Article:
Robert Motherwell, ‘El Negro’, 1983, Bernard Jacobson Gallery

Rafael Alberti
translation by Vincente Lleo Canal
Format: illustrated book
Images: 24 leaves consisting of 19 original lithographs, 1half-title and 1 title page, and 3 sheets of text in 3 sizes; single sheets measure 15 x 15 in (38.1 x 38.1 cm); double sheets folded once measure 15 x 25 3/4 in (38.1 x 65.4 cm); triple sheets folded twice measure 15 x 37 3/4 in (38.1 x 95.9 cm). The image used for the front and back endleaves is identical and is printed on sheets measuring 15 x 25 3/4 in (38.1 x 65.4 cm) and 15 x 29 in (38.1 x 73.7 cm) respectively. The paper is white Tyler Graphic Limited (TGL) handmade.
The lithographs are paired with lines from Rafael Alberti's poem "Negro Motherwell" (spring 1980). The book includes a preface by Jack D. Flam following the title page.
Housing: The pages of the book are bound into a natural buckram-covered clamshell box fabricated by Walden/Lang Company, New York. The box measures 17 x 16 5/8 x 2 1/4 in (43.2 x 42.2 x 5.7 cm). The pages are held in place between buckram-covered metal bars with four screw post fasteners that allow the pages to be removed for exhibition. The buckram is scored in flaps above the screws. The title "El Negro" is stamped on the front cover in black. The spine of the book is stamped "'El Negro'Alberti -Motherwell /Tyler Graphics Ltd." and includes the publisher logo.
Typeface: Bodoni Bold; typography by Antoni Drobinski and Roberta Savage, Emworth Studios, New York; typesetting by Stamfort Typesetting Corporation, Stamford, Connecticut.
Signature: Signed "Motherwell" in black ink lower centre on colophon page.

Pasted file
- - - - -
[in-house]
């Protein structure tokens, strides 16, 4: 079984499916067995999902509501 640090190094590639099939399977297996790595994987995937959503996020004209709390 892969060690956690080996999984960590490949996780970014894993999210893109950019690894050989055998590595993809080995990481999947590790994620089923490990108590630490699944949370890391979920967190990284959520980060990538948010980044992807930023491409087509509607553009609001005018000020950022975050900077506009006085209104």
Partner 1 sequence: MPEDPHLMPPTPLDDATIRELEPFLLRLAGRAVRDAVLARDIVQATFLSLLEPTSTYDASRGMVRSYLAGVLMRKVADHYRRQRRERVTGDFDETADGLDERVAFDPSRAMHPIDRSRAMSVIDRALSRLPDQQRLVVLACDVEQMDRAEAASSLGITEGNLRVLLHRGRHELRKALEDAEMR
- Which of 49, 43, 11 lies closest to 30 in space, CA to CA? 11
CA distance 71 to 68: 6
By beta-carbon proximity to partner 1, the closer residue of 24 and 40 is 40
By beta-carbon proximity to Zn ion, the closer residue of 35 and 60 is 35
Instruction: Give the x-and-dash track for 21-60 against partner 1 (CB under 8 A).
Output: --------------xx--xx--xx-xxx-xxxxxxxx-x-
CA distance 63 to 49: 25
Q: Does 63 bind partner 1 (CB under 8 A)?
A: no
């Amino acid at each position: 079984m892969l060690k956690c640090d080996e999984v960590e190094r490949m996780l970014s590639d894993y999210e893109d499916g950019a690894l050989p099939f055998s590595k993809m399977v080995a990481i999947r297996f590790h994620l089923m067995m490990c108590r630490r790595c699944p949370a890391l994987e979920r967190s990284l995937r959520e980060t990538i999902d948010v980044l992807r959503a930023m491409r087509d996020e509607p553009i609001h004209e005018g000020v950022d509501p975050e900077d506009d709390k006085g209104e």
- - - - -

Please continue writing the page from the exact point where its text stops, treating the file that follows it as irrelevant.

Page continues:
Siri Engberg and Joan Banach 'Robert Motherwell: The Complete Prints 1940-1991. Catalogue Raisonne', Walker Art Center and Hudson Hills Press, New York, 2003, cat no. 308.1-.21 p.254

About Robert Motherwell

Alongside Jackson Pollock, Mark Rothko, and Willem de Kooning, Robert Motherwell is considered one of the great American Abstract Expressionist painters. His esteemed intellect not only undergirded his gorgeous, expressive paintings—frequently featuring bold black shapes against fields of color—but also made Motherwell one of the leading writers, theorists, and advocates of the New York School. He forged close friendships with the European Surrealists and other intellectuals over his interests in poetry and philosophy, and as such served as a vital link between the pre-war avant-garde in Europe and its post-war counterpart in New York, establishing automatism and psychoanalysis as central concerns of American abstraction. "It's not that the creative act and the critical act are simultaneous," Motherwell said. "It's more like you blurt something out and then analyze it.

American, 1915-1991, Aberdeen, Washington, based in New York and Greenwich, Connecticut